Currency Wars Become Much Nastier During Recession Times

All central banks have printed trillions of dollars in their respective currencies under various QE programs. They are at the point where they simply cannot print trillions more without risking the collapse of confidence in their currencies. How will central banks stop the recession when they’ve used up their dry powder fighting the currency wars?

The Fed Can’t Raise Interest Rates, But Must Pretend It Will

The Fed must succeed in continuing to postpone rate hikes into the future without breaking peoples’ expectation that rates will rise at some point. It has to send out the message that rates will be increased at, say, the forthcoming FOMC meeting. But, as the meeting approaches, the Fed would have to repeat its trickery, pushing the possible date for a rate hike still further out.

The $5 Trillion Oil Debt Bomb

Oil below US$60 is more than low enough to do an enormous amount of damage in financial markets. When many oil producers went for loans, the industry’s models showed oil prices between US$80 and US$150. So suddenly, there’s a bunch of debt out there that producers will not be able to pay back with the money they make at US$50 a barrel.

Will US Dollar Collapse Over Another Debt Ceiling Fight?

The US federal government is about to hit the debt ceiling, which stands above $18.0 trillion, and Congressional Republicans refuse to raise it. The last debt ceiling fight led to a downgrading of U.S. debt. Another blow to the credibility of the U.S. government could be devastating. Could a US dollar collapse be around the corner?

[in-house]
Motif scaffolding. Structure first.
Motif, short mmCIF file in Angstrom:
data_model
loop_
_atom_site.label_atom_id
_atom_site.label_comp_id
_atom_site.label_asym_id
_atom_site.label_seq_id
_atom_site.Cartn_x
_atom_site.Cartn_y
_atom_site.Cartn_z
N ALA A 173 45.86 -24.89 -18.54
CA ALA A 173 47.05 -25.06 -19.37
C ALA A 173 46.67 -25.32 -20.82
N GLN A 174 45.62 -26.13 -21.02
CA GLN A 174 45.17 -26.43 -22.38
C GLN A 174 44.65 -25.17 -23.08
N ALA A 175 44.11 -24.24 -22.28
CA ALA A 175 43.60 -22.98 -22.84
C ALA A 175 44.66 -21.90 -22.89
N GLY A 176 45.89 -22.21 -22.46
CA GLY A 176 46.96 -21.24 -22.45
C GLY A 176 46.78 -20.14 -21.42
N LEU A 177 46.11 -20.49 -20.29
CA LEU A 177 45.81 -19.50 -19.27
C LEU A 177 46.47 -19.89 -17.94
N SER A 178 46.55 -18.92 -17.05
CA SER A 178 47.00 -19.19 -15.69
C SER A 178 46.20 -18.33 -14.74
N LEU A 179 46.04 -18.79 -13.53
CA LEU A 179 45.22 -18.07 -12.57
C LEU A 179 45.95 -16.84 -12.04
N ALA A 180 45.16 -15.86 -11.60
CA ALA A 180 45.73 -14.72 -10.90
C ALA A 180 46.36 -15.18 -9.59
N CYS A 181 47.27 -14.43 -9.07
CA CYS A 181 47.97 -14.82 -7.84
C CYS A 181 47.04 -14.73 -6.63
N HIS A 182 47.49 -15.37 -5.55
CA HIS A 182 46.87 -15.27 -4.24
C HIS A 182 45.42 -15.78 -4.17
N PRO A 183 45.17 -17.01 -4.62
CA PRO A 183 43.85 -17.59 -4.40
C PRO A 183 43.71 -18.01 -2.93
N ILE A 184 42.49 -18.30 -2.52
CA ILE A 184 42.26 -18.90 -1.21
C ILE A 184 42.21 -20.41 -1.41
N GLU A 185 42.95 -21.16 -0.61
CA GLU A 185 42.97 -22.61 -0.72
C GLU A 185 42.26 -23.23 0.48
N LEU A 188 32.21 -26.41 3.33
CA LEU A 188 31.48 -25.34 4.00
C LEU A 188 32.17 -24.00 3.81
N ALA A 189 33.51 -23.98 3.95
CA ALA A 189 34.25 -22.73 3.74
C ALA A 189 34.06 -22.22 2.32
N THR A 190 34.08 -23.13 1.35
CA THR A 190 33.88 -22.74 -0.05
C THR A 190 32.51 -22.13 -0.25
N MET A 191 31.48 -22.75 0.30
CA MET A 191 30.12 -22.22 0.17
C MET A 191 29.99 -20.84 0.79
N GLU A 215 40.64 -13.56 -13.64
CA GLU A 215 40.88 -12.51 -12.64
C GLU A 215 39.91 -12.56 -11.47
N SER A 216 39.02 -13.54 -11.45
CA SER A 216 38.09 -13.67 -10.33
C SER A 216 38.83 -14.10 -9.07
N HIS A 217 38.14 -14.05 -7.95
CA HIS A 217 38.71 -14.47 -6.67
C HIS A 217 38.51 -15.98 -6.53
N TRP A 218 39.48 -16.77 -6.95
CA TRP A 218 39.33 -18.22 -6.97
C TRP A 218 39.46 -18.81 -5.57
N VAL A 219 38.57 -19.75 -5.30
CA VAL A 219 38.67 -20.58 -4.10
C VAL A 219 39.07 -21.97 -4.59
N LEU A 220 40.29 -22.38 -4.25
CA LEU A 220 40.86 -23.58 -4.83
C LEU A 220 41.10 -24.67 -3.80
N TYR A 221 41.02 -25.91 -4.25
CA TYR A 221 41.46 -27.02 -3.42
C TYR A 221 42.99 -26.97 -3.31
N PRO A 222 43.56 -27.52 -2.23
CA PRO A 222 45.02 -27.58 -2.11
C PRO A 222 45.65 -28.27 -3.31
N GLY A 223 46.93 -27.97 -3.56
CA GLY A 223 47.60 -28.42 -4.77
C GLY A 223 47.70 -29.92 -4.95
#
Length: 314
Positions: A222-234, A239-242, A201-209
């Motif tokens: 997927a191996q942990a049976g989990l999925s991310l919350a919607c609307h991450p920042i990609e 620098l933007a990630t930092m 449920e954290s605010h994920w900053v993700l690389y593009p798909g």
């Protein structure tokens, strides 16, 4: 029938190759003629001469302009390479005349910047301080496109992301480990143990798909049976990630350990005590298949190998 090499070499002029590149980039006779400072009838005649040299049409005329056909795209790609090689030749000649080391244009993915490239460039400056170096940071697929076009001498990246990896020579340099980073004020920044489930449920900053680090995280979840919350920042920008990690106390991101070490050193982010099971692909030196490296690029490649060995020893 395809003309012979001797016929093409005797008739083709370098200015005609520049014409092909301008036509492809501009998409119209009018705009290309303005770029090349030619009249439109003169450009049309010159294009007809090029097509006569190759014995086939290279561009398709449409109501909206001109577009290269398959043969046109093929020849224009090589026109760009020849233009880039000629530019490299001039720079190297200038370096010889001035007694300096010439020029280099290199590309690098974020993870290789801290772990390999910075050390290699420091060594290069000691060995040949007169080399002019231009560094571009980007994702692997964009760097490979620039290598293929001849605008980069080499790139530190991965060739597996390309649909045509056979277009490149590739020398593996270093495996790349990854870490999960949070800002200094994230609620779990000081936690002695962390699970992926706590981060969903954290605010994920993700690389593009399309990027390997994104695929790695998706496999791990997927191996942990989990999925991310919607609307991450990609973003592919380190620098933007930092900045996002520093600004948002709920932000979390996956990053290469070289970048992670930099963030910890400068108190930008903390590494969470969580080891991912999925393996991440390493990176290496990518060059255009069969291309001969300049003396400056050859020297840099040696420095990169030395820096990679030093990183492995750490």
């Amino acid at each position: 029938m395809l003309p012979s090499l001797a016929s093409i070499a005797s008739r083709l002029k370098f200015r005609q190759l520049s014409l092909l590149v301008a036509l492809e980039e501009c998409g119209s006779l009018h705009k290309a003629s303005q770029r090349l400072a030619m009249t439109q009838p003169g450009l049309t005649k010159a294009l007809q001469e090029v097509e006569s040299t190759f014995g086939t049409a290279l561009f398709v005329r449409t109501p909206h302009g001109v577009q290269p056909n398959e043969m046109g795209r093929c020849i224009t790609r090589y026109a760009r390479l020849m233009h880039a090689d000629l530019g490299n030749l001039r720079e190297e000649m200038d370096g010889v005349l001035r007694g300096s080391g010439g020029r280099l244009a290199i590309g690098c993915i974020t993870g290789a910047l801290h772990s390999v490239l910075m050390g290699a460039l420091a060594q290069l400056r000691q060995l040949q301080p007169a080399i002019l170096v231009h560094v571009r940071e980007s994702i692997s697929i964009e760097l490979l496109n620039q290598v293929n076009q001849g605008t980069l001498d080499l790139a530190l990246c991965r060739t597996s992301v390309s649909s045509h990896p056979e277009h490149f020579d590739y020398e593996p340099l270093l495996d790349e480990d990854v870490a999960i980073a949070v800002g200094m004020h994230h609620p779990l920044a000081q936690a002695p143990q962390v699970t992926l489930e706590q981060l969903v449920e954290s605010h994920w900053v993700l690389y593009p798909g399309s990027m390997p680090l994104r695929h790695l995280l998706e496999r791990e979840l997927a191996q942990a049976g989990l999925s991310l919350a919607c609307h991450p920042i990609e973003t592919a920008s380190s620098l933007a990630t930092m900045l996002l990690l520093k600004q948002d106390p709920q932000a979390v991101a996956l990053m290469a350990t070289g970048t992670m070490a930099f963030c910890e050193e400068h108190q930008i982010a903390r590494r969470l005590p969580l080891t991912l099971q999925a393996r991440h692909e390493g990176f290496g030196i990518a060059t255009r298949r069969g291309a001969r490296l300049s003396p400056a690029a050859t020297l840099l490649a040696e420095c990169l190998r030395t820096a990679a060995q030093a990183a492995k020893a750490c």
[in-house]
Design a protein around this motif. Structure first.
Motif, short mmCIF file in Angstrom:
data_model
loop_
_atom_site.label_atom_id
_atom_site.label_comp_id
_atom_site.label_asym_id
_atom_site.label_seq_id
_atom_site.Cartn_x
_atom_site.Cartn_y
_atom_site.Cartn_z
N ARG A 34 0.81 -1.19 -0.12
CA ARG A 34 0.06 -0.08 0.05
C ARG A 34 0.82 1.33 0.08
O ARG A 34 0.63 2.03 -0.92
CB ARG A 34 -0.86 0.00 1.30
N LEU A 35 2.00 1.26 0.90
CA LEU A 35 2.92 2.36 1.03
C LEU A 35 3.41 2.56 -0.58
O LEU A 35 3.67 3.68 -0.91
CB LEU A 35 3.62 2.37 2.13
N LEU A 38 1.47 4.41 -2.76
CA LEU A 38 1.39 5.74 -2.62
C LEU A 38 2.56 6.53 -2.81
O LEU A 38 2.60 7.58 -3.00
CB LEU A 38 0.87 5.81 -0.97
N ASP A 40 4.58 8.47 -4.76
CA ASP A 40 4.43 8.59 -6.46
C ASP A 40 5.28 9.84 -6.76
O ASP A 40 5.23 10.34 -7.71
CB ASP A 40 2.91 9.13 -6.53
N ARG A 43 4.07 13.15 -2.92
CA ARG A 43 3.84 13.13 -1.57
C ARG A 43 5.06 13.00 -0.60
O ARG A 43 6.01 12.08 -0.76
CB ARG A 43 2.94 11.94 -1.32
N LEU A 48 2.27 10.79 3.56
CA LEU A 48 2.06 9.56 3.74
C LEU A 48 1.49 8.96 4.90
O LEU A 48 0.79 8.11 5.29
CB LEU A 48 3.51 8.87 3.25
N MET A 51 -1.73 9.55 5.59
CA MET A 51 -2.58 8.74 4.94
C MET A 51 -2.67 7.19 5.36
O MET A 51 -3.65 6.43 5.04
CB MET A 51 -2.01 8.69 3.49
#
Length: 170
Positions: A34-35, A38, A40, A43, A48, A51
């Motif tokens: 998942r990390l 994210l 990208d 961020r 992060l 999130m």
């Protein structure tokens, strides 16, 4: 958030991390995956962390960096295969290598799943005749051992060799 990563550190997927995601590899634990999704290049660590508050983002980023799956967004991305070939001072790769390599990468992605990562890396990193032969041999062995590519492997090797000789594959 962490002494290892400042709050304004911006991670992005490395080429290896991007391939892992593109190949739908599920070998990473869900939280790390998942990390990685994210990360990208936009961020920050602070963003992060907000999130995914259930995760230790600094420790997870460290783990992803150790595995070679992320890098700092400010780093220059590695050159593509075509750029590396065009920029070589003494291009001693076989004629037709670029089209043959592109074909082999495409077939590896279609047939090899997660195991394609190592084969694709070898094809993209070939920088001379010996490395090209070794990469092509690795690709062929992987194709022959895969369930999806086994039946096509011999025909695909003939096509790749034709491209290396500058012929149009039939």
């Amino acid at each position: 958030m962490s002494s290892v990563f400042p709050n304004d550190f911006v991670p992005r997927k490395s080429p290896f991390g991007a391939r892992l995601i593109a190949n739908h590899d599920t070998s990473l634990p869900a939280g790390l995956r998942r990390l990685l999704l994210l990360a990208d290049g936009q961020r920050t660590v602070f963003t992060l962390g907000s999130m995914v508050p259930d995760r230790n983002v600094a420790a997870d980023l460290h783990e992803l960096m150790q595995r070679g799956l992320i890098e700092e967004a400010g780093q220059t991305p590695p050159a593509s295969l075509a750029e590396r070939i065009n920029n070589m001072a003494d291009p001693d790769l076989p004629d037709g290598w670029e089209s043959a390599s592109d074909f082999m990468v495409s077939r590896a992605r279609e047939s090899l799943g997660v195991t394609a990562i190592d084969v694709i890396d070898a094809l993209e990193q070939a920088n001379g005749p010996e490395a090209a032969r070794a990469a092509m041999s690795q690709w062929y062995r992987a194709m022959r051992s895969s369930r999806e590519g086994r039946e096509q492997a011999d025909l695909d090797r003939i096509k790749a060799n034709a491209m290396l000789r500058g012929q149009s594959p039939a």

Gold Price Strengthening as Debt Ceiling Debate Heats Up … Again

Any near-term “resolution” of the debt ceiling standoff that doesn’t require the government to start living within its means won’t resolve the debt problem. It will just make the problem bigger – more spending; more borrowing; more bond buying from the Federal Reserve. It all adds up to more reasons to own gold and silver.

Peak Debt & The Need For A Reliable Store of Value: GOLD

Most investors seem unconcerned about the unsustainable levels of global debt and the inflationary potential of the trillions of dollars created by the major central banks especially the U.S Federal Reserve. I expect to see gold and silver demand increase dramatically in the coming years as more prudent investors see the truth and look for a reliable store of value.

The Mindless Stupidity Of Negative Interest Rates

Can anyone show a clear example connecting the dots to show where negative interest rates have stimulated an economy? Can anyone clearly explain how charging an institution or business to hold deposits is in any way stimulative… not net stimulative, but stimulative AT ALL? It defies common sense.

Can The Fed Raise Interest Rates In An Election Year?

While many economic and market factors may influence when and how often the Fed hikes in the upcoming months, we do not expect the timing of US elections to play any meaningful role in the Fed’s policy deliberations. Expect the Fed to gradually tighten policy in a data dependent manner during 2016 — regardless of how the political winds may blow.